My secret is to use vinegar instead of laundry detergent to eliminate the smells. Or I rely on commercial liners with charcoal.
Dust can harm a guinea pig's respiratory system by irritating the lungs and making your small friend ill.
So, when comparing guinea pig cage liners vs. traditional bedding, liners take a point. There's no dusty cloud when you put them in the cage.
In my experience, wood-based bedding generates the most dust, depending on your brand. Paper and hay are less dusty, so they're suitable for guinea pigs.
Of all guinea pig cage bedding options, disposable liners are my winner in this category. Whenever the lining pads get wet, I throw them away and replace them with fresh ones.
Fleece bedding is also easy to clean because it's machine washable. Ensure you don't use fabric softener and use the correct temperature to keep the wicking properties.
Traditional bedding is the hardest to maintain. Paper, wood, and hay stick to the bottom of the cage, so you have to scrape the bedding mess whenever it gets dirty.
Fleece is the best option for cavies with sensitive feet - it's soft, comfortable, and perfect for snuggling. And it encourages natural burrowing behavior.
Second-best are liners because they have a smooth texture and won't poke your piggies' delicate feet. Paper is also equally soft but not as comfy as fleece.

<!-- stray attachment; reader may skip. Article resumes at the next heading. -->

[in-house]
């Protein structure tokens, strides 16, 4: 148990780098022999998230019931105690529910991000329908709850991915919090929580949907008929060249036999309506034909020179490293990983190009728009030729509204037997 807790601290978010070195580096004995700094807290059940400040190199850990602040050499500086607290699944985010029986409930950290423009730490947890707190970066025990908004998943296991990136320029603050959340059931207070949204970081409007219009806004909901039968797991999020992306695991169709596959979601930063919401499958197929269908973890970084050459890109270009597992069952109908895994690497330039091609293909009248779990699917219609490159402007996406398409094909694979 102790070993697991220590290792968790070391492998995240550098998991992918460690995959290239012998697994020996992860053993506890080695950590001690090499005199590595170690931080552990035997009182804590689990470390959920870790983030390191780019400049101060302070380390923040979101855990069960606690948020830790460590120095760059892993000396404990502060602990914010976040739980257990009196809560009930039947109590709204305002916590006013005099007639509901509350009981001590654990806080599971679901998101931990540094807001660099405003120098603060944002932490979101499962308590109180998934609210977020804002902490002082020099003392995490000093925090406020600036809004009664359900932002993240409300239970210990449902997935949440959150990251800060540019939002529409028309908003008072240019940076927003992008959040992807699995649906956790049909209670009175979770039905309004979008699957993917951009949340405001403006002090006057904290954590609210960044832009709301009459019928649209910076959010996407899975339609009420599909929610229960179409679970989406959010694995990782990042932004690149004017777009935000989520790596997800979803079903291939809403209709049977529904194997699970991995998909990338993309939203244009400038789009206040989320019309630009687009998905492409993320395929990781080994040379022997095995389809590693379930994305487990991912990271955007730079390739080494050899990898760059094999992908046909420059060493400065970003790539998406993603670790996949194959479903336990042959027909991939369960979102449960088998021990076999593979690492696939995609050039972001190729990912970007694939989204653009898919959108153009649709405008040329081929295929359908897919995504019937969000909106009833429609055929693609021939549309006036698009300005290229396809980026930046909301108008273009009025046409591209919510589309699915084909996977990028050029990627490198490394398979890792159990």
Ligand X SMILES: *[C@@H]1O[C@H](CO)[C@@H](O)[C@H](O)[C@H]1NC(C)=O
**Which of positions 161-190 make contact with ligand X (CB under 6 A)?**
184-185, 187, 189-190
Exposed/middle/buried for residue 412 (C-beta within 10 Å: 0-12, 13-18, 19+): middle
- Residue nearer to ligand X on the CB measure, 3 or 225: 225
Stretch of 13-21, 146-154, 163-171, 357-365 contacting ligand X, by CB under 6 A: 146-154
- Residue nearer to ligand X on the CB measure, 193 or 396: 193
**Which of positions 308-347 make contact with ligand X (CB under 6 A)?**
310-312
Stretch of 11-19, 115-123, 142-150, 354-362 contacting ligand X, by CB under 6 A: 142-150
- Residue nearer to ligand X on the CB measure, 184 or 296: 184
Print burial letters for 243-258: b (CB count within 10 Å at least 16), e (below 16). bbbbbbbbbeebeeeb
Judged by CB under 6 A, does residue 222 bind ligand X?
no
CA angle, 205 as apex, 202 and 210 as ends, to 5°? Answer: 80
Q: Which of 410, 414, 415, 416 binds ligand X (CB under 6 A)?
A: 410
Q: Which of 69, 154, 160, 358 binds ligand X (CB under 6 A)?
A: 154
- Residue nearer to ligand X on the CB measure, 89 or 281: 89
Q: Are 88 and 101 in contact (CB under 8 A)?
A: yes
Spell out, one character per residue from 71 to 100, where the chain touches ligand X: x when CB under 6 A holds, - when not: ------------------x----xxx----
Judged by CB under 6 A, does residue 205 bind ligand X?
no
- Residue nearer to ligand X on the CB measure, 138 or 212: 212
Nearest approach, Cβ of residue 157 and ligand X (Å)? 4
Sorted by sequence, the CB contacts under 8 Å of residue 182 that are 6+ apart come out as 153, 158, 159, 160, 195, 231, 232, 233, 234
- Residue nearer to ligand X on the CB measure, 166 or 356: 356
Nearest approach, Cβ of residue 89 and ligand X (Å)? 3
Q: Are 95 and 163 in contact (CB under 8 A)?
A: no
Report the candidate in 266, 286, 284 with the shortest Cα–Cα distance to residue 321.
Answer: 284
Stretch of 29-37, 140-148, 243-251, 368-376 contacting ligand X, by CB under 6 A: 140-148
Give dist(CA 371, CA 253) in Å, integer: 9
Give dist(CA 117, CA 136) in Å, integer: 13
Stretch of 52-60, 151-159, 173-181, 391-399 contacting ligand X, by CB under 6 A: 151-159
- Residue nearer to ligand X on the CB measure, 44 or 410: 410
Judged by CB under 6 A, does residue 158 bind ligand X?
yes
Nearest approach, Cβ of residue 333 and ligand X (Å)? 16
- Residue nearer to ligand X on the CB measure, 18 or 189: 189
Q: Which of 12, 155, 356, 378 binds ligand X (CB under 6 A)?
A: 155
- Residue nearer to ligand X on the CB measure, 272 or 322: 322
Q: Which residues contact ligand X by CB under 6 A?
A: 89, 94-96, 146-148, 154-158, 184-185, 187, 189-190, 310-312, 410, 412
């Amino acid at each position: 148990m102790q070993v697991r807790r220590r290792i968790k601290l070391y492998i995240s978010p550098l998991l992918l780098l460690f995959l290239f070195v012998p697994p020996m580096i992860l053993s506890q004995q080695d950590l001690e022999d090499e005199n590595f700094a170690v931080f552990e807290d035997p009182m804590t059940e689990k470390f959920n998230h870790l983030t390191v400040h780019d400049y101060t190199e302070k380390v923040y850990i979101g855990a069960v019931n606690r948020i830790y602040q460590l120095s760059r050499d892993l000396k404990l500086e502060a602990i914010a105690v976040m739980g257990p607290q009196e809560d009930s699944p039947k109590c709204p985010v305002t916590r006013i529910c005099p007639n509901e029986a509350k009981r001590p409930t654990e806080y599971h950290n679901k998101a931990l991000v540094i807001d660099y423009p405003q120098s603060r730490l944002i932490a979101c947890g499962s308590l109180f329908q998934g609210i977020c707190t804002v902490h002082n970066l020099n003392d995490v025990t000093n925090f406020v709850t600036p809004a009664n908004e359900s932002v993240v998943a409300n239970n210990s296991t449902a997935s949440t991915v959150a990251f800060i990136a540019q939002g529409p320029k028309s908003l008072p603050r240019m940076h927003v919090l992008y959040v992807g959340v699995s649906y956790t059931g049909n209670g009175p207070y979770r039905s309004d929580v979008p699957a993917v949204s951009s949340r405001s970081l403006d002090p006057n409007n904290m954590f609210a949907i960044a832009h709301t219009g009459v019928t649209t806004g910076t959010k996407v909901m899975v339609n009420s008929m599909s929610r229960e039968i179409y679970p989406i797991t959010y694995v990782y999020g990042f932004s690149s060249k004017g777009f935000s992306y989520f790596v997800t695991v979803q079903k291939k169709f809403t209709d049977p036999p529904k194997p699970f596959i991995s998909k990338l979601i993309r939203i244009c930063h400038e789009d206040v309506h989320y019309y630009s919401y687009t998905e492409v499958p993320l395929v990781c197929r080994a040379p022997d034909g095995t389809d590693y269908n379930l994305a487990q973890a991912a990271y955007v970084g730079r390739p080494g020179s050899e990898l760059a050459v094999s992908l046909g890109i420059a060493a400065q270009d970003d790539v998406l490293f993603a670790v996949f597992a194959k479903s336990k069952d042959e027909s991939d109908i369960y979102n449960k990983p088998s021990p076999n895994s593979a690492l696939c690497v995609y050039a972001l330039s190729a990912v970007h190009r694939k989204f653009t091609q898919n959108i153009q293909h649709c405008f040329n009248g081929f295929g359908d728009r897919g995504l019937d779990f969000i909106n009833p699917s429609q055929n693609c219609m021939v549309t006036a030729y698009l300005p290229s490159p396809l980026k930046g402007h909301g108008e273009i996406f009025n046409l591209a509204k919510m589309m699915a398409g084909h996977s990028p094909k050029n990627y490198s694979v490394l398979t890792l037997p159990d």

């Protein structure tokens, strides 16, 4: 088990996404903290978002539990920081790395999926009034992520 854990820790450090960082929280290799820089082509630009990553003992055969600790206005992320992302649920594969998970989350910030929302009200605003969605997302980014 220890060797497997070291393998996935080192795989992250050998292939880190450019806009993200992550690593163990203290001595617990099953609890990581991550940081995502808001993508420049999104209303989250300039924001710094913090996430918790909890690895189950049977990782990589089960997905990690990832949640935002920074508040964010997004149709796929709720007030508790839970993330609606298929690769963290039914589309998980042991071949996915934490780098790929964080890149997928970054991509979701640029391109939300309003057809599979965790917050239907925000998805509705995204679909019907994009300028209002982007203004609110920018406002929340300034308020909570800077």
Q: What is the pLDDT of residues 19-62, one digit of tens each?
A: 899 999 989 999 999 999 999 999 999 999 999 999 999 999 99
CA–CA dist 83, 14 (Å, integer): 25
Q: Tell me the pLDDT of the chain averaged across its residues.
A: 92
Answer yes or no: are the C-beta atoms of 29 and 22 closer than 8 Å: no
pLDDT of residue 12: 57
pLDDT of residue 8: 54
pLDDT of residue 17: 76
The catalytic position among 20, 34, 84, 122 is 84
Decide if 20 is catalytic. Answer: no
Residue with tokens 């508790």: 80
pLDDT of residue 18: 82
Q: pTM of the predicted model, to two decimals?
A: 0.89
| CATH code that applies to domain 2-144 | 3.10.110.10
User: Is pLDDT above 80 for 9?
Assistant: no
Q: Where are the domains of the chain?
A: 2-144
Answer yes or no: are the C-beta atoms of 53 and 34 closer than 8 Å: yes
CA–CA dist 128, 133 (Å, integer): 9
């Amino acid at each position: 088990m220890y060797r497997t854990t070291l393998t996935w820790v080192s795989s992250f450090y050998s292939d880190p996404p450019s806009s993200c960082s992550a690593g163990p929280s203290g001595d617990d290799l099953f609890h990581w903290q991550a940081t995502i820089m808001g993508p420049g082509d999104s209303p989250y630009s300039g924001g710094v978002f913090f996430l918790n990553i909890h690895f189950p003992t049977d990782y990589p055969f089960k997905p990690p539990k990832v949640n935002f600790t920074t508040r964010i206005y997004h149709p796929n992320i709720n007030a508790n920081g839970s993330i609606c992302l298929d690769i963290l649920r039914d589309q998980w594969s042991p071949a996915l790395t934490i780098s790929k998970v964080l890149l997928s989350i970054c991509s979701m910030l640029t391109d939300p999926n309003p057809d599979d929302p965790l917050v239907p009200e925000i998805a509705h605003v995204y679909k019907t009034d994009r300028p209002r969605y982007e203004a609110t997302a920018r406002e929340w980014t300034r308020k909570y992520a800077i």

#7 Maintaining Hygiene
A clean cage equals a healthy guinea pig. Liners are great for absorbing moisture and preventing bacterial or fungal infections inside the cage. But you have to pick poop and food debris on a daily basis.
On the other hand, if you use paper or wood shavings, debris gets into the deeper layers where your guinea pig can't reach them. And you get rid of the whole mess every couple of days.
Paper and wood shavings are relatively cheap, and you can find them in any pet store. However, you must change the bedding every week, which is expensive in the long run.
Fleece has the highest initial cost but is cost-effective because you can use it for a couple of years.
If you're worried about the environment, reusable fleece liners are the most eco-friendly guinea pig bedding option. Wood and paper are also eco-friendly but generate a lot of waste.
1. Can you use cage liners instead of bedding for guinea pigs?
Fleece liners are one of the best choices for guinea pig cages because of their absorbency properties, softer texture, and easy maintenance.
2. What is the healthiest bedding for guinea pigs?
Natural paper is the healthiest bedding for piggies because it's made from non-toxic material, absorbs well, and controls odors.
3. What bedding should guinea pigs not use?
Do not use untreated pine/cedar wood shavings, corn cob, raw straw, and cat litter.
So, what's the verdict? Comparing guinea pig cage liners vs. bedding, liners have a few more benefits than traditional options, especially if they're made of fleece.
However, whatever the bedding of choice, you should change it on a regular basis to keep the enclosure clean and your guinea piggy dry and happy.
What do you think about guinea pig liners vs. bedding? Which one is your personal preference? Share your thoughts in the comment section.
1. Owning Guinea Pigs [Internet]. vca_corporate. Available from: https://vcahospitals.com/know-your-pet/guinea-pigs-owning
2. Ellakkani MA, Alarie Y, Weyel D, Karol MH. Chronic pulmonary effects in guinea pigs from prolonged inhalation of cotton dust. Toxicology and Applied Pharmacology [Internet]. 1987;88:354–69. Available from: https://pubmed.ncbi.nlm.nih.gov/3107166/